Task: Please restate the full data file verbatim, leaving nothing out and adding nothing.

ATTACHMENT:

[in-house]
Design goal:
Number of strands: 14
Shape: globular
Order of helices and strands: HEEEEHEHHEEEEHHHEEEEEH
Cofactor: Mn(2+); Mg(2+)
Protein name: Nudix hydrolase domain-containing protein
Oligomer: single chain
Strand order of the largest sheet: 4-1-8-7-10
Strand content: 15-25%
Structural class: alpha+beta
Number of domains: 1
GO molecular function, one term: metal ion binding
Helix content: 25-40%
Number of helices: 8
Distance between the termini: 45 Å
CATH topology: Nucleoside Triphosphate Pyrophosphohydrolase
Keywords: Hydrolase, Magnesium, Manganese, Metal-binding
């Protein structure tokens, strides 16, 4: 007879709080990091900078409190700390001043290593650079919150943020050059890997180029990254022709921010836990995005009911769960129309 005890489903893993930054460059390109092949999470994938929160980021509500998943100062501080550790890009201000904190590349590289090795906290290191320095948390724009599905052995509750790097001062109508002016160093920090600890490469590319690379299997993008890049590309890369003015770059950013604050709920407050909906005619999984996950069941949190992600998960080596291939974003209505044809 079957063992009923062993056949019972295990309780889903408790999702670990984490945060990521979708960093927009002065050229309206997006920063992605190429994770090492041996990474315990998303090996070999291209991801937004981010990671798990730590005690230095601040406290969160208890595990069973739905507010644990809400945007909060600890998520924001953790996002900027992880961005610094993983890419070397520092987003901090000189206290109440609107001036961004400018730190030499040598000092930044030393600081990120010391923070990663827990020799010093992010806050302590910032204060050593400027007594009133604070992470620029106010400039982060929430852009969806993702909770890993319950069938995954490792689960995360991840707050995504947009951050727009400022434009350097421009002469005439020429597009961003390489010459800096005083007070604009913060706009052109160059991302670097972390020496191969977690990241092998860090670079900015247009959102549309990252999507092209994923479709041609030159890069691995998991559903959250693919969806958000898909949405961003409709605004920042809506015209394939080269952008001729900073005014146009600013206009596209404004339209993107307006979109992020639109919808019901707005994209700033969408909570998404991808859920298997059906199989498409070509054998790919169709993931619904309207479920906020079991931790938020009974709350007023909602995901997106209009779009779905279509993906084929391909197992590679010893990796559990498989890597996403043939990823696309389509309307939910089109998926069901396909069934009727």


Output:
[in-house]
Design goal:
Number of strands: 14
Shape: globular
Order of helices and strands: HEEEEHEHHEEEEHHHEEEEEH
Cofactor: Mn(2+); Mg(2+)
Protein name: Nudix hydrolase domain-containing protein
Oligomer: single chain
Strand order of the largest sheet: 4-1-8-7-10
Strand content: 15-25%
Structural class: alpha+beta
Number of domains: 1
GO molecular function, one term: metal ion binding
Helix content: 25-40%
Number of helices: 8
Distance between the termini: 45 Å
CATH topology: Nucleoside Triphosphate Pyrophosphohydrolase
Keywords: Hydrolase, Magnesium, Manganese, Metal-binding
């Protein structure tokens, strides 16, 4: 007879709080990091900078409190700390001043290593650079919150943020050059890997180029990254022709921010836990995005009911769960129309 005890489903893993930054460059390109092949999470994938929160980021509500998943100062501080550790890009201000904190590349590289090795906290290191320095948390724009599905052995509750790097001062109508002016160093920090600890490469590319690379299997993008890049590309890369003015770059950013604050709920407050909906005619999984996950069941949190992600998960080596291939974003209505044809 079957063992009923062993056949019972295990309780889903408790999702670990984490945060990521979708960093927009002065050229309206997006920063992605190429994770090492041996990474315990998303090996070999291209991801937004981010990671798990730590005690230095601040406290969160208890595990069973739905507010644990809400945007909060600890998520924001953790996002900027992880961005610094993983890419070397520092987003901090000189206290109440609107001036961004400018730190030499040598000092930044030393600081990120010391923070990663827990020799010093992010806050302590910032204060050593400027007594009133604070992470620029106010400039982060929430852009969806993702909770890993319950069938995954490792689960995360991840707050995504947009951050727009400022434009350097421009002469005439020429597009961003390489010459800096005083007070604009913060706009052109160059991302670097972390020496191969977690990241092998860090670079900015247009959102549309990252999507092209994923479709041609030159890069691995998991559903959250693919969806958000898909949405961003409709605004920042809506015209394939080269952008001729900073005014146009600013206009596209404004339209993107307006979109992020639109919808019901707005994209700033969408909570998404991808859920298997059906199989498409070509054998790919169709993931619904309207479920906020079991931790938020009974709350007023909602995901997106209009779009779905279509993906084929391909197992590679010893990796559990498989890597996403043939990823696309389509309307939910089109998926069901396909069934009727």